A Place For Mom and Others of It’s Ilk

Cliché’s exist because they are more often than not, true. “You get what you pay for” is one that time and again proves true in the elder law world. It’s not that great services or products must be the most expensive, but it’s important to do your homework and understand why something might be free or low cost.

I think anyone that listens to radio has heard the “A Place for Mom” (APFM) commercial by this point. This is a business that purports to help you find long term care placement (there are other similar businesses including such as seniorsforliving.com and allseniorhomes.com but for simplicity’s sake, I refer only to APFM). So far, none of these businesses charge the consumer. But these are for-profit businesses, so the money is coming from somewhere, right?

Naturally, the money is coming from the long-term care facility. There’s no harm in this, in and of itself—the harm comes from what you don’t know and what they don’t tell you, and at it’s root, the problem is where the money comes from.

  1. The money comes from the participating facilities so you will never get a referral to a facility that does not participate with APFM. It is not a reflection on a particular facility if they participate or don’t participate, so don’t assume you are only getting referred excellent facilities; you are getting referred to a place that chose to pay APFM for referrals.
  2. The employees at APFM are not experts in senior living, geriatric care, Medicaid or any of the other dozens of factors that affect a long term care decision. They have not visited the facilities and they do not know you or anything about you and your care needs. They can and will refer you to a facility that is not a good fit for you and your family. For example, any place you will be referred to does not accept Medicaid—so if you might run out of money or your health deteriorates, you are going to have to move!
  3. Along those lines, APFM does not work with skilled nursing homes. They only work with independent living and assisted living/personal care. If someone needs skilled nursing, you will not get that referral and I have had cases in which people with those needs were still referred to assisted living/personal care. Those people moved in and promptly needed to find a new place to live because the situation was not sustainable.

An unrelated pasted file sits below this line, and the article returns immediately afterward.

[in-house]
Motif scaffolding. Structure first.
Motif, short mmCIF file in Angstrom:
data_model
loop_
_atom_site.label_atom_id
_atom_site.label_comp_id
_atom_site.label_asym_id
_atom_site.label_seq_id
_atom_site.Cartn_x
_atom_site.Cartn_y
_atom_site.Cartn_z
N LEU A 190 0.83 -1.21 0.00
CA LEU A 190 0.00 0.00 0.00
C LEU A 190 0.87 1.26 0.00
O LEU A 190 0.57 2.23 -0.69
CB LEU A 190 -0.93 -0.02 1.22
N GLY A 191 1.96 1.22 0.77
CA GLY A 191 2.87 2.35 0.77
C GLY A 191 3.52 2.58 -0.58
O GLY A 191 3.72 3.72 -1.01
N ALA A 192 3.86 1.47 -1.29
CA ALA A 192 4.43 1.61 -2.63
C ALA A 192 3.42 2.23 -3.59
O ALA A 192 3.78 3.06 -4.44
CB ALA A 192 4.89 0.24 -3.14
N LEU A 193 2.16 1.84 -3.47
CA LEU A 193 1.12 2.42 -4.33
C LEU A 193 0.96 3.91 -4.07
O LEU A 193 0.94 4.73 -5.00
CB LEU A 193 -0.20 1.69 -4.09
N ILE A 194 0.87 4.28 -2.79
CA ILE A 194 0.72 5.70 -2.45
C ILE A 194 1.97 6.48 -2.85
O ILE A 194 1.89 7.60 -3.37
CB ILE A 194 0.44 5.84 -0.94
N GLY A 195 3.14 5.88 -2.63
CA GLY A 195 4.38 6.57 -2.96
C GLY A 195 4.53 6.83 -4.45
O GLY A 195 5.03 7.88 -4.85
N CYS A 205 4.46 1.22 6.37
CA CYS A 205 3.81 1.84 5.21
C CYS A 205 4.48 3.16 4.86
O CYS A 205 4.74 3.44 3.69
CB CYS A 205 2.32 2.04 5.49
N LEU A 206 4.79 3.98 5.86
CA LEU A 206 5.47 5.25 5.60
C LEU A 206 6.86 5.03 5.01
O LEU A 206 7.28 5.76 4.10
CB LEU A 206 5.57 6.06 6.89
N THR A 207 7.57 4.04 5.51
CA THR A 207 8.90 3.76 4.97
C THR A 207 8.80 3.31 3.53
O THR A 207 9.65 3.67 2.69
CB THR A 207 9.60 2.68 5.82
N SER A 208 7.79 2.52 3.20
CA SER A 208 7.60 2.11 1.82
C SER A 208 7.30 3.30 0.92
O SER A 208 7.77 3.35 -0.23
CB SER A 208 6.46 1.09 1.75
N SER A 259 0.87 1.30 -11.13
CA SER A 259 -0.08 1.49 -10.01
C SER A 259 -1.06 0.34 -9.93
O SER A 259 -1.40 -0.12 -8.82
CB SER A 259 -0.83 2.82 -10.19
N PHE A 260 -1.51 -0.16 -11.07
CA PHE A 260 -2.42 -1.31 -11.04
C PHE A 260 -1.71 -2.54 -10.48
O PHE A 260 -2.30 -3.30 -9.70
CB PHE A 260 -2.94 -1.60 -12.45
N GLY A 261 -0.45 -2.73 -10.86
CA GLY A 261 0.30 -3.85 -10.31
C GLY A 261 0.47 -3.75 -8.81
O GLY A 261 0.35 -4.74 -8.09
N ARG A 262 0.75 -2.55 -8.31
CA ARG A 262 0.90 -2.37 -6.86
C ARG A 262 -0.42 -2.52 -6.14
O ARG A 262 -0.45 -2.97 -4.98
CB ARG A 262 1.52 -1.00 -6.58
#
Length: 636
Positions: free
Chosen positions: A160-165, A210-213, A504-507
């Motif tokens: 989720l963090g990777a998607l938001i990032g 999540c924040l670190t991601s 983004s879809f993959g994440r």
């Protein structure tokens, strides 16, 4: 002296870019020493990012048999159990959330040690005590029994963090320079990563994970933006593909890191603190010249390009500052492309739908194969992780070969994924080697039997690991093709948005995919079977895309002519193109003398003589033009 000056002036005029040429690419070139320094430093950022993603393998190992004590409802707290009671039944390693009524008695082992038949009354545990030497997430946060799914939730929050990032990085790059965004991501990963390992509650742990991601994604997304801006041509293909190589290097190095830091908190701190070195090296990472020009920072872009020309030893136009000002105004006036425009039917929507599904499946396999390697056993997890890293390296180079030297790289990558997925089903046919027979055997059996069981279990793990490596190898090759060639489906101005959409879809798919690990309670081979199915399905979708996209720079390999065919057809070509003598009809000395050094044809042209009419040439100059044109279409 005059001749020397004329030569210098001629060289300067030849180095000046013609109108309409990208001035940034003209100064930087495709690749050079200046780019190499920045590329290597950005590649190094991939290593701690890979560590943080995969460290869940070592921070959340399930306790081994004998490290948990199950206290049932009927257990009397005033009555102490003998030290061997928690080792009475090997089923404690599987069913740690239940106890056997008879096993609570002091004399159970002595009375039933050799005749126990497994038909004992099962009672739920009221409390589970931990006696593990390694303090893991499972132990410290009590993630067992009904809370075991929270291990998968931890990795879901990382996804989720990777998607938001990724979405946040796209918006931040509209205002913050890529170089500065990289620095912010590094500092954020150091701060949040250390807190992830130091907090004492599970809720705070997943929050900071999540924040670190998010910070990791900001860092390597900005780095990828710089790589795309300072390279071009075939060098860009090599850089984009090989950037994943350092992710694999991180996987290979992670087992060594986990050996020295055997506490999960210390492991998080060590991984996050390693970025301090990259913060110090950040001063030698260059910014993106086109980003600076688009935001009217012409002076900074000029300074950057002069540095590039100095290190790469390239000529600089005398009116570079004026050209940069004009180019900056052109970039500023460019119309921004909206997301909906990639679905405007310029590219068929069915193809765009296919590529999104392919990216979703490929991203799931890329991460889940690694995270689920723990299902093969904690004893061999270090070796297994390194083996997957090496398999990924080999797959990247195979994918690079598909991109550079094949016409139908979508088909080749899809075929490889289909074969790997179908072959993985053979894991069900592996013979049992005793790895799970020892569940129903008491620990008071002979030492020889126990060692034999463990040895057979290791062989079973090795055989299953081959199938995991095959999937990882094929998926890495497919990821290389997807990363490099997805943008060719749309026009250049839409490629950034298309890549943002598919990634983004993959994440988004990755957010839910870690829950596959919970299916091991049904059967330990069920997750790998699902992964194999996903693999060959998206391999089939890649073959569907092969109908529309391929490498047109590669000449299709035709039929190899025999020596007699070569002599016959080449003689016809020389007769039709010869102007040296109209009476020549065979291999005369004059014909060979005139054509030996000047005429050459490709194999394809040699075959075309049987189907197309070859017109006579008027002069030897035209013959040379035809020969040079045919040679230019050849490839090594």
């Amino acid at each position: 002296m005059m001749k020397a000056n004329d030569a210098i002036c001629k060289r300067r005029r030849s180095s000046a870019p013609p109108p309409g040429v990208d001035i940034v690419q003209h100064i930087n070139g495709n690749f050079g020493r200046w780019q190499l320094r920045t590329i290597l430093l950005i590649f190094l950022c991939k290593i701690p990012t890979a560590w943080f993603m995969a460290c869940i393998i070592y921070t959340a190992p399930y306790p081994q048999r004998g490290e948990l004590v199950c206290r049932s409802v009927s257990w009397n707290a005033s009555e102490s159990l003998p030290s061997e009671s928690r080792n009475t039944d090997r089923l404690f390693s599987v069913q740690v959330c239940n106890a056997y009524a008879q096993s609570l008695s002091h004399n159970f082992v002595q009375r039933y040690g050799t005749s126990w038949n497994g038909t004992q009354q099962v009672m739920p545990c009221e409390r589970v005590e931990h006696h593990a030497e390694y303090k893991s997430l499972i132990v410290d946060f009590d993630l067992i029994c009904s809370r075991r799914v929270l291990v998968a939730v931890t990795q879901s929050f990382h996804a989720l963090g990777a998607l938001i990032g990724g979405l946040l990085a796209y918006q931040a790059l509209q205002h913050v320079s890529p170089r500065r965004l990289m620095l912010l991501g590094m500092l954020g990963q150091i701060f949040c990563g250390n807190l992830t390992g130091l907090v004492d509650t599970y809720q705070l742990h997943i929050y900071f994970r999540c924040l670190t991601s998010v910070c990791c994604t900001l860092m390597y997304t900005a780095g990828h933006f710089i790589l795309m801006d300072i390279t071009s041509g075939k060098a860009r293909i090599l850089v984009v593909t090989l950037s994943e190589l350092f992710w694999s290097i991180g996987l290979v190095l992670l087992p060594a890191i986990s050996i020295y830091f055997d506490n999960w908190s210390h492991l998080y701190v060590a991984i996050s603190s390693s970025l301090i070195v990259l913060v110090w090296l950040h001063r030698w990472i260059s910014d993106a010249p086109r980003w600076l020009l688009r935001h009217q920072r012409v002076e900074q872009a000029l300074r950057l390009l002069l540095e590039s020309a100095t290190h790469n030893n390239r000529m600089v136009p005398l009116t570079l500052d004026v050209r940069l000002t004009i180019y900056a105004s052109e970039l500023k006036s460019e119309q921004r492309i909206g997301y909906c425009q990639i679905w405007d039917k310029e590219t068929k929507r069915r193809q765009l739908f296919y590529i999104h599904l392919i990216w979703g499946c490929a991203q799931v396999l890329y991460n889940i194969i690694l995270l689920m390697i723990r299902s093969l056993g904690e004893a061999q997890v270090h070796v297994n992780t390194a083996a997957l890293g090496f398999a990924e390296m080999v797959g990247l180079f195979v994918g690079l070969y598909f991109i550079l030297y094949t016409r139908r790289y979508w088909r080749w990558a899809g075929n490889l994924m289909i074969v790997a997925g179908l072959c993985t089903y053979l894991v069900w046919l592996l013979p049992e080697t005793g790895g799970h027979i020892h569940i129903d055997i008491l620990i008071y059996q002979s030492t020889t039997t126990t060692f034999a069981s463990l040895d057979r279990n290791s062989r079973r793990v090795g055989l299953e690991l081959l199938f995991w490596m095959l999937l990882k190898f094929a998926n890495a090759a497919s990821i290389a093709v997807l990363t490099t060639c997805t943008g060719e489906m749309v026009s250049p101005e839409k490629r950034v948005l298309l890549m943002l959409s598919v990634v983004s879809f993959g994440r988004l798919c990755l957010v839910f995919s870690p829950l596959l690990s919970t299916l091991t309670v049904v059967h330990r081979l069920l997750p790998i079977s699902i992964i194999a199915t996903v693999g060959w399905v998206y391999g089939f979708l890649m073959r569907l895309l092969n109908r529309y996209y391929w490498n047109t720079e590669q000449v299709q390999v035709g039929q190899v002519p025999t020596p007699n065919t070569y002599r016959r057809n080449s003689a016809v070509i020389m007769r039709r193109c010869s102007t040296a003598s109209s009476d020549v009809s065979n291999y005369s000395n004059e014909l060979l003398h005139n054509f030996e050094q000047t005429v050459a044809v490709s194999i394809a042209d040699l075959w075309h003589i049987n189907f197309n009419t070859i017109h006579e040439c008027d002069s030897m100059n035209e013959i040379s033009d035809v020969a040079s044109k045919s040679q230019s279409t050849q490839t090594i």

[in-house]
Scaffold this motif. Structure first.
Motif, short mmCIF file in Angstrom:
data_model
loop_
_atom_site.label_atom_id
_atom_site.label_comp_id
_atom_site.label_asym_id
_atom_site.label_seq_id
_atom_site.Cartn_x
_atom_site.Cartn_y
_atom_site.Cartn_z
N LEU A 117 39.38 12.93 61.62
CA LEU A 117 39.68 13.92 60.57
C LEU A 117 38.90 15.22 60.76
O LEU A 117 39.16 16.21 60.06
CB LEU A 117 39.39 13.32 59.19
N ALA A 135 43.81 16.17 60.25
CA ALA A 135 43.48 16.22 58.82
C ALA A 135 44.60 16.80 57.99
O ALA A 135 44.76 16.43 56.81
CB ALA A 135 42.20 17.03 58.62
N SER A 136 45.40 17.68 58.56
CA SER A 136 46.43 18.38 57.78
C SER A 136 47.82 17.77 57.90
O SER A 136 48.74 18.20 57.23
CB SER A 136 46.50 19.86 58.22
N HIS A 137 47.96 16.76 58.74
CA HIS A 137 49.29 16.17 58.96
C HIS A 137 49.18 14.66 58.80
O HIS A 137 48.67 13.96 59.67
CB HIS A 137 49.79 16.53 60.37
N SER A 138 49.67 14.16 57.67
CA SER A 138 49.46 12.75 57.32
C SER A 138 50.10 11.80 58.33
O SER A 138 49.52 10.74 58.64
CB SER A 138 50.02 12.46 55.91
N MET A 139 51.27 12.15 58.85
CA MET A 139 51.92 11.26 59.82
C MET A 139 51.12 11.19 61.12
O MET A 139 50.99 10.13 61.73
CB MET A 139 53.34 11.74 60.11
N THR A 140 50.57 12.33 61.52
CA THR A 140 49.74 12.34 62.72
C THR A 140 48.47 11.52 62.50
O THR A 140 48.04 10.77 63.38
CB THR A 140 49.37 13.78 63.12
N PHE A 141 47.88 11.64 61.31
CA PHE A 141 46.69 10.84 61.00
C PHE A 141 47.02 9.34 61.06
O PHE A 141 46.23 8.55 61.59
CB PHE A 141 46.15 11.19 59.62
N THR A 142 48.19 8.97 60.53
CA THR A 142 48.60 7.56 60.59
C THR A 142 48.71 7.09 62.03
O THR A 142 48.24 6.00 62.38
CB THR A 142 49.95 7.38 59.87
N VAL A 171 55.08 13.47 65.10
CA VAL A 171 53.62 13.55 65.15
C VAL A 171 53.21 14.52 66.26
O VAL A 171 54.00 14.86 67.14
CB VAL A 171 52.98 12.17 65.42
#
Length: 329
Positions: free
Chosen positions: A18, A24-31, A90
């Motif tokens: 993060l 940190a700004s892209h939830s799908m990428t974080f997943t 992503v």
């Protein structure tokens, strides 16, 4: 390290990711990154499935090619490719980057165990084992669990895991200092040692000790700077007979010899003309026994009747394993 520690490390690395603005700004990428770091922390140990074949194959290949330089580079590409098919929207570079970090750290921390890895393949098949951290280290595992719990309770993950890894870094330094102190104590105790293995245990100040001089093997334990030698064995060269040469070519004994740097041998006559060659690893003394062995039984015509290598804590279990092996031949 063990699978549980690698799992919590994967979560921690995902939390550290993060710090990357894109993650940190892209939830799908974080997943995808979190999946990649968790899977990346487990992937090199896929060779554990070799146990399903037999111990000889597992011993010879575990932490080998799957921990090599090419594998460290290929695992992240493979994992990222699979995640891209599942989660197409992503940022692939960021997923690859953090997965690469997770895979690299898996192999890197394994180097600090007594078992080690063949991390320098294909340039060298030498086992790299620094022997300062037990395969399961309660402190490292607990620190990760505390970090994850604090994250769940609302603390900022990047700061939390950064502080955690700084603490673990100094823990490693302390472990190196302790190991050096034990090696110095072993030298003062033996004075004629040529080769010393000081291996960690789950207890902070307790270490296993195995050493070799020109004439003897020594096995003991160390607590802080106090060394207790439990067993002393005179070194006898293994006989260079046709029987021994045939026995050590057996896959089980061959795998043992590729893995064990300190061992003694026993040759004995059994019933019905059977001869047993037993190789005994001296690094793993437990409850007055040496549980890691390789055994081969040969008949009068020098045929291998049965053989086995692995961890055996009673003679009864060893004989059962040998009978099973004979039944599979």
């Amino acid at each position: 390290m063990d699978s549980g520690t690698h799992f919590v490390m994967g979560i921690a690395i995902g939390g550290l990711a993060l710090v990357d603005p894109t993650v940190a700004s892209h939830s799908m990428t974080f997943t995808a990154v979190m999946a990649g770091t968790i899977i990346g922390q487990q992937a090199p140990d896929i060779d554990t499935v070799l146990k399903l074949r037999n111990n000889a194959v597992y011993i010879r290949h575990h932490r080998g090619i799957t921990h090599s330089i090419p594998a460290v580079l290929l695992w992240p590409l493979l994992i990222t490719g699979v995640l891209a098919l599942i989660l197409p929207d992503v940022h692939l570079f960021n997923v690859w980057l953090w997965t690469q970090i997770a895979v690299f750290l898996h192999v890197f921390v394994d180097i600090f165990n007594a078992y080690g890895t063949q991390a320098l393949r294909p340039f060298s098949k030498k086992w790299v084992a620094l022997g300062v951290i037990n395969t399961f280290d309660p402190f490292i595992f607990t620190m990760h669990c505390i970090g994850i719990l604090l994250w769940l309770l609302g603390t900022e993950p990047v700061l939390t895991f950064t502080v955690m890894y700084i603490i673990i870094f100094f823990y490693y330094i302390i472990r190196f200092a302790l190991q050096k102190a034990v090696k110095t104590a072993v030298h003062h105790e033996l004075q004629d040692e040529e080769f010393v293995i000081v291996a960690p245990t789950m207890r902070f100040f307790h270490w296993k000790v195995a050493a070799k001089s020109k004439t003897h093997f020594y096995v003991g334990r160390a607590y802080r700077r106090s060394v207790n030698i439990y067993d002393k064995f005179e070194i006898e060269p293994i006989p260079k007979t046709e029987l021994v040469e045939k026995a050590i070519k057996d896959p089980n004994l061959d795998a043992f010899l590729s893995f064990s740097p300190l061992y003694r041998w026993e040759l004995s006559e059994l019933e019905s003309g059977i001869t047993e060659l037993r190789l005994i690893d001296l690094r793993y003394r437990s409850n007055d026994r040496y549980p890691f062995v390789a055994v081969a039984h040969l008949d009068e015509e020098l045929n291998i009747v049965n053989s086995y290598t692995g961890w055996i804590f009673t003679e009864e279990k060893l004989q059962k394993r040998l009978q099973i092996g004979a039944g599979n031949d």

So what’s the alternative?

I know there’s a huge need for a referral service because you don’t know what you don’t know.

  1. Look for a geriatric care company in the appropriate area where you are looking for care. These people know the local facilities, they know the people that work there, and they know what places will be a good fit and which ones will not. These are companies you pay yourself, but you are getting an unbiased referral and recommendation because now YOU are the customer/client, not the long-term care facility. And many times the fee is fairly negligible because you are just getting a short list of places to check out, not necessarily hiring the company to assist you through the whole application and admission process (although that is also something with which they can assist)
  2. Call our office! I also know just about all of the facilities in my local region, what forms of payment you need, how much they cost, how much money they require you to have, type of care they offer, and reputation. And I definitely don’t charge a thing to give you a short list of places to check out.

I talk more in depth about the most common long term care options in my FREE workshop. If you have questions about the different long term care options, what kind of care they offer and how to pay for it, sign up for the October workshop.